Last week’s professional golf event was called the Hero World Challenge, and it included 18 of the top players on the PGA Tour.
It is more commonly known to golf insiders as “Tiger’s Event,” and it was ironically played in Orlando at Isleworth, which houses the most infamous fireplug in the Northern Hemisphere.
Tiger Woods turns 39 later this month and was once the undisputed champion of the golf world. He was “The Greatest,” but last week he started looking like a modern day version of Rocky Balboa.
I’ve lost track of the Tiger comebacks we have witnessed in the past five years. Sylvestor Stallone was able to hit us with five versions of the movie “Rocky” between 1978 and 1990. Just when we thought we had seen the last of Rocky we got a sixth version in 2006.
I fear that we are headed for something similar with Woods. His latest comeback was the most painful to watch. Last Thursday the Golf Channel — known to some as the Tiger Woods Network — produced nearly five hours of detailed analysis on Woods prior to his 12:15 p.m. starting time. Viewers found out about Tiger’s latest instructor, Chris Como, and saw video documentaries comparing a 16-year-old Woods with today’s version.
Paige Mackenzie and Chris DiMarco, both Golf Channel personalities, predicted that Woods would win the Hero Challenge. I am not sure how many golf lessons those two have actually taught outside of the TV studio, but they forgot about the biggest hurdle any new old swing has — get it to the first tee from the range. One shot into Tiger’s round and it was “snaperoo” into a backyard located left of the first fairway at Isleworth.
And it got worse from there.
After two opening bogeys, Woods chunked a couple of chips, followed by a skulled pitch across a green. He limped in with a 77.
When Sunday’s dust had settled, Woods had carded a four-round total of 288, which was 26 shots behind Jordan Spieth. After three rounds Tiger had not made a putt over 12 feet in length. He continued to experience chipping woes over the weekend and flubbed nine shots during his Hero Challenge.
It has been six years since Woods last won a major championship. In 2013 he did win five PGA Tour events, so I am not saying the guy is washed up — yet. But what matters most to Woods at this point in his career are majors. He needs four to tie Jack Nicklaus. Golf makes people try too hard. Four is too many.
Nicklaus was 46 when he won the 1986 Masters. He won three majors after the age of 39. During the span of his 18 major victories the biggest gap between wins was six years. The ageless Gary Player won nine major championships — none after the age of 39. Player’s longest drought between major wins was four years.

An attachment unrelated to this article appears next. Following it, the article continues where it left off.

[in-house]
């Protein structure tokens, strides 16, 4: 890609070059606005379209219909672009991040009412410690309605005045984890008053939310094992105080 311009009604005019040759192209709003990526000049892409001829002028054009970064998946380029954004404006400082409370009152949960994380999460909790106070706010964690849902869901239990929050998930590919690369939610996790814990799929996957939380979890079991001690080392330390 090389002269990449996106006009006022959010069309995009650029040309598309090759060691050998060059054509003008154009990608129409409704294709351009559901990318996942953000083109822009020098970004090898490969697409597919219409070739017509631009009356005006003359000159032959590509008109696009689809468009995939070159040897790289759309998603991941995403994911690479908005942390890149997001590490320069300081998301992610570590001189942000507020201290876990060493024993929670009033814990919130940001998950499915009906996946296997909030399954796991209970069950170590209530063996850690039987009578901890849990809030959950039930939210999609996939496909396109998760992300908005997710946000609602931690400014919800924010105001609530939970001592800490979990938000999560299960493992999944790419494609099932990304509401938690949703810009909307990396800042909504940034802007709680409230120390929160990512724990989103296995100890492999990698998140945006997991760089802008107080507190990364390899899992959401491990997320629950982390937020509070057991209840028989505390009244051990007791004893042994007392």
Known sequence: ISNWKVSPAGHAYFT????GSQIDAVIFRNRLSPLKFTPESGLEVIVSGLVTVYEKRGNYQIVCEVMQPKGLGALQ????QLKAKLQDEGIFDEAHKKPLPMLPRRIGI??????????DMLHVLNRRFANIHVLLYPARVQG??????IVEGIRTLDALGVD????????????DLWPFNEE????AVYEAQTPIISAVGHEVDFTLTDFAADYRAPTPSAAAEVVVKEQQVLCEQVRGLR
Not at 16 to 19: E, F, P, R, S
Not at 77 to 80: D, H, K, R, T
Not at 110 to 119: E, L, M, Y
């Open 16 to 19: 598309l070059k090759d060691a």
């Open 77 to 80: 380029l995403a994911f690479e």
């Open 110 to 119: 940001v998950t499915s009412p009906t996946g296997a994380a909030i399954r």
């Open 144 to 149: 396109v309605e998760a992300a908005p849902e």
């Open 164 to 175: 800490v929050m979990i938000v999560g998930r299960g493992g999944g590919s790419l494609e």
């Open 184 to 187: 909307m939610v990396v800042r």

Tom Watson has eight major championships to his credit. Watson never won another major after his 34th birthday. His biggest gap between major wins was two years. Arnold Palmer has seven major championship victories, but only one came after he turned 40. Palmer saw a four-year drought as his longest between major championship wins.
Nick Faldo won six major championships and was 39 when he won his final one. Faldo never went more than four years between major victories.
Maybe Woods can take the most solace from Lee Trevino, who had six major championships. Trevino was 44 when he won the 1984 PGA, and that came 10 years after his previous major win. Of these six players, only Trevino and Nicklaus won major championships after the age of 40.
The other thing that separates him from the other six is the injury factor. None of these players battled the physical ailments that Woods has.
In the 2006 release of “Rocky Balboa,” 16 years had passed since his final fight. Long retired Rocky Balboa still staggers around an ever-changing world. But a computer simulated fight on ESPN between a young Rocky Balboa and the current champion Mason Dixon reignites interest in the faded boxer. Rocky has not lost his fighting spirit and goes into the ring again losing a split decision just like in Rocky I. Rocky is last seen visiting his wife’s grave saying, “Yo Adrian, we did it.”
Or could it be that today’s Tiger has evolved into “Snagglepuss,” the 1959 Hanna-Barbera cartoon character who is best known for the catchphrase “Heavens to Murgatroyd”, along with phrases such as “Exit, stage left” and “Heavens to Betsy.” The latter two seem very fitting after last week.
No one escapes time. Not even “The Greatest.”
Ted Bishop is director of golf and general manager of The Legends Golf Club in Franklin and a past PGA of America president. Send comments to firstname.lastname@example.org.